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Mayor speaking on Save Lives with 25 Save Lives with 25 In December 2021, City Council voted to reduce the speed limit from 30 to 25 miles per hour on any street where a specific speed limit is not posted. This change will go in effect on July 1, 2022.

The City of Knoxville is accepting applications under the Neighborhood Traffic Safety Program (NTSP).

The City of Knoxville is proud to be able to provide traffic calming for city streets that qualify. This is a neighborhood-centric program and its success relies on the participation and cooperation of residents living on the street(s) applied for. This is a program that may or may not be funded annually.

Please read the NTSP Program Guide [PDF] before filling out the application.

For questions please contact Hayley Howard at 865-215-2113 or  [email protected] or Steve King at 865-215-4993 or [email protected].

Download the Application [PDF]. This is a fillable PDF document. Save the file to your computer and fill it out, saving it as you go. When done, please print the document and obtain the required written signatures.

If you would like for the application and guidelines to be mailed to you, please contact Hayley Howard at 865-215-2113 or [email protected]


You can scan and email the application to Hayley Howard at [email protected].

You could also mail the completed application and any attachments to NTSP / Office of Neighborhood Empowerment / City of Knoxville / P.O. Box 1631, Knoxville, TN 37901. Or you can hand deliver it to the Office of Neighborhood Empowerment, Room 546, City County Building, 400 Main Street. 

Make sure to keep a copy of everything you send to the city.

There is no deadline for submitting applications. This is an open-ended process.

Once an application is submitted, it is then sent to an internal committee for review. The committee is made up of staff members from the Office of Neighborhood Empowerment, Transportation Engineering, Knoxville Police Department, Knoxville Fire Department, Knoxville Area Transit, and Public Service. Every application received must be approved by the internal committee to move forward in the program.

1. ONE Receives Application
2. Internal Committee Reviews
3. Kick-Off Meeting
4. Applicant Gathers Petition Signatures
    Must be on our form 
    Do more than 50% approve? If yes, move to the Speed Study
5. Transportation Engineering Conducts a Speed Study
    Is the threshold met for a Concept Plan? If yes, move to Concept Plan
6. Concept Plan Created
7. Concept Plan Meeting
    Plan is presented to the neighborhood.
8. Contracts Out for Bid 
    Goes before City Council.
9. Construction
    Generally takes place Spring-Fall.
10. Post-Construction Evaluation
      Takes place about a year after traffic calming has been installed.

This process can take anywhere from 6 months to 2+ years to complete. The time is takes for an applicant to get through the NTSP process depends on a combination of factors including but not limited to:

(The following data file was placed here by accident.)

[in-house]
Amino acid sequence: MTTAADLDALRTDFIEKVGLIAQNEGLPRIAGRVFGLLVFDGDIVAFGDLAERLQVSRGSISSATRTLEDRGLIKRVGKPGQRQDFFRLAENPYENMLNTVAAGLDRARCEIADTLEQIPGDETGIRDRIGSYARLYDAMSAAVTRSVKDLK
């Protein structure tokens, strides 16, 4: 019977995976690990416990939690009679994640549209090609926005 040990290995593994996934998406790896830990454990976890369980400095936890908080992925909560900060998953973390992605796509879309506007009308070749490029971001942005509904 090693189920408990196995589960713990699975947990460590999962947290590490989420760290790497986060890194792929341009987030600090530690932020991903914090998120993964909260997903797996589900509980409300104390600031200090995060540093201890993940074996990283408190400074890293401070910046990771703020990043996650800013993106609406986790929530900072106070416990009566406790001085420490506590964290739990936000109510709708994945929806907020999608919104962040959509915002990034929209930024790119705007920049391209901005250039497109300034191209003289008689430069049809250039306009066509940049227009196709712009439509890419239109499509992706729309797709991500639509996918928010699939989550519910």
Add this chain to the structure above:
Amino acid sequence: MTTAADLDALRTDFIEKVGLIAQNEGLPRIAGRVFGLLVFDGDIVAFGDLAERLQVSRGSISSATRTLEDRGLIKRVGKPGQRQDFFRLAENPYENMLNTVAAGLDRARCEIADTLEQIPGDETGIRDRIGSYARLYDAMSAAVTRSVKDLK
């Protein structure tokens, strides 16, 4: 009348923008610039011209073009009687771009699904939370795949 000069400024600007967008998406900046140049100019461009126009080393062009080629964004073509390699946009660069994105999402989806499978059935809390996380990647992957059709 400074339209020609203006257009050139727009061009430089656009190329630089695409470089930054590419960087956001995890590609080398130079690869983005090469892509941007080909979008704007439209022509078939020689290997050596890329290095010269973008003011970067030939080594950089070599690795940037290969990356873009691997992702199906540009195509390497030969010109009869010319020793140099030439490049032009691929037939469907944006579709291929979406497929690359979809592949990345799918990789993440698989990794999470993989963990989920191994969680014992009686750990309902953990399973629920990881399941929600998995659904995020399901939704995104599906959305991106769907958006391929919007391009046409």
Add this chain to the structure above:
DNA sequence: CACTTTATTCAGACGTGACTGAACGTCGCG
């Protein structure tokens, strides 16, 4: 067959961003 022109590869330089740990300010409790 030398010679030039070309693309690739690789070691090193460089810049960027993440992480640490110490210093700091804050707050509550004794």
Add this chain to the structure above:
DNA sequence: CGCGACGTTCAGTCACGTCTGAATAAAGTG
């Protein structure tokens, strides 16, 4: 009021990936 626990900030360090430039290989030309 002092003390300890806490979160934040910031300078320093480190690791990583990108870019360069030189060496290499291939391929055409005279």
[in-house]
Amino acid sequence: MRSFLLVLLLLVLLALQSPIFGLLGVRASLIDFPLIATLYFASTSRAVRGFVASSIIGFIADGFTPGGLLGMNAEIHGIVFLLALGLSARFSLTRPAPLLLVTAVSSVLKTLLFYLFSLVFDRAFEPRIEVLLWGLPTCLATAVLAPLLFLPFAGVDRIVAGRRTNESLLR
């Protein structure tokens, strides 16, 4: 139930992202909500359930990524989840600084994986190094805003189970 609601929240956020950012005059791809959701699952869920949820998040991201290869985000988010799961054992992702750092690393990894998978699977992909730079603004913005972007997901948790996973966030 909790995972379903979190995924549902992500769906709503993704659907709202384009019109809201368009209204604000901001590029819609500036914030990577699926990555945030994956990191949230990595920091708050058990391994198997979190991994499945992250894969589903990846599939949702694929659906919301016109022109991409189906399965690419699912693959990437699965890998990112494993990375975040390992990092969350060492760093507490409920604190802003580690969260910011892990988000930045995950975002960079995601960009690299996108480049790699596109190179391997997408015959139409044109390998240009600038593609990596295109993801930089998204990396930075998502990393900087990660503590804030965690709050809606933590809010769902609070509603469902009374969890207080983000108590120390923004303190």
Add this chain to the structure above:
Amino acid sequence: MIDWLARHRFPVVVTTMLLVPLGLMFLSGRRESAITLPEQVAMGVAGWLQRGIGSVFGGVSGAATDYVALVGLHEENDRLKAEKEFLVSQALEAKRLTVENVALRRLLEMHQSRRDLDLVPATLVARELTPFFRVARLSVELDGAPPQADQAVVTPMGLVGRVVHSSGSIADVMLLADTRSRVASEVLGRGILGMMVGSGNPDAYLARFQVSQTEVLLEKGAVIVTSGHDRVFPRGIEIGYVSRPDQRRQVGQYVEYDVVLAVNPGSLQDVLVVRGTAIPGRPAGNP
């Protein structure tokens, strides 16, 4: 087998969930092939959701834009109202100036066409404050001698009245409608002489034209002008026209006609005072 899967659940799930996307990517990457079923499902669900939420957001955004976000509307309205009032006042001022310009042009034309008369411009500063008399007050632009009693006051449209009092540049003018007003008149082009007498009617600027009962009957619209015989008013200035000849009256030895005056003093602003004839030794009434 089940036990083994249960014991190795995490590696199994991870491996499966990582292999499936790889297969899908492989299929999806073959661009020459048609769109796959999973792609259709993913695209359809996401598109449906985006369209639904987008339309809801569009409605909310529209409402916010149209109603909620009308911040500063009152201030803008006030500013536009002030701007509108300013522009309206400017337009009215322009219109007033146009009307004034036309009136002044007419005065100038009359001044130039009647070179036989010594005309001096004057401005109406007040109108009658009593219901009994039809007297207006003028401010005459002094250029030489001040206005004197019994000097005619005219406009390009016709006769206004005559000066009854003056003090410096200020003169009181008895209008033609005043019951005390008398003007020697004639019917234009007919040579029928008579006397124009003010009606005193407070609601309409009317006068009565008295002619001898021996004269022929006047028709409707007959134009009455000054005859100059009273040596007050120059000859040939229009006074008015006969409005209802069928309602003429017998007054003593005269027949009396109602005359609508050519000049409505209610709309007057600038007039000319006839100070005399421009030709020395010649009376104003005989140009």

- resident participation and cooperation
- available funding 
- size of traffic calming project
- neighbor objections
- what time during the year the applicant obtains the necessary approvals to move forward to construction

Experience in other cities has shown that traffic safety initiatives that are implemented without involving the neighborhood are frequently unsuccessful, and therefore citizen participation is a key component of this program's success.

The NTSP can involve one or more of the following elements (in no particular order) in each neighborhood that applies for the program. This depends on the unique needs of each neighborhood that applies.

Education: Using information and tools supplied by the City, a neighborhood can engage in a neighborhood-centric, neighborhood-run campaign to make drivers, pedestrians, and bicyclists more aware of speeding.
Enforcement: A police officer may be dedicated to speed enforcement in four hour blocks for two to four weeks at a time on a rotating basis. (KPD is currently understaffed, and this might not be possible currently.)
Engineering: Depending on the individual neighborhood situation, the City makes route modifications or installs one or more traffic calming measures such as speed humps and speed cushions.


Some applicants may not know how to approach neighbors and hold meetings about an issue of common concern. For tips on engaging neighbors and holding meetings, see the “Reaching Out to Neighbors” section of the Education Toolbox page. ONE Staff can also help with suggestions on this as well.


The following are not a part of this traffic calming program; however, they can be reviewed by Transportation Engineering by calling 311 (865-215-4311):
- stop signs
- cross walks
- side walks
- intersection changes
- speed limit signs
- lowering speed limits
- road markings

Speed humps are primarily what are installed through this program due to the limited amount of funds. If a project is larger, it may take longer to get completed. 


The NTSP has been developed by Transportation Engineering, the Knoxville Police Department, and Office of Neighborhood Empowerment in response to numerous concerns and complaints voiced by citizens who witnessed speeding vehicles in their neighborhoods. 

An early draft of the Program Guide was released in May of 2016. City staff took comments via email, phone, public meetings, and an online survey. Here are these comments, minus names and identifying information:
Comments Received Via Email [PDF]
Online Survey Comments, Part 1 [PDF]
Online Survey Comments, Part 2 [PDF]
Public Meeting Comments [PDF]

Here is the City's response to representative comments and questions selected from the above documents.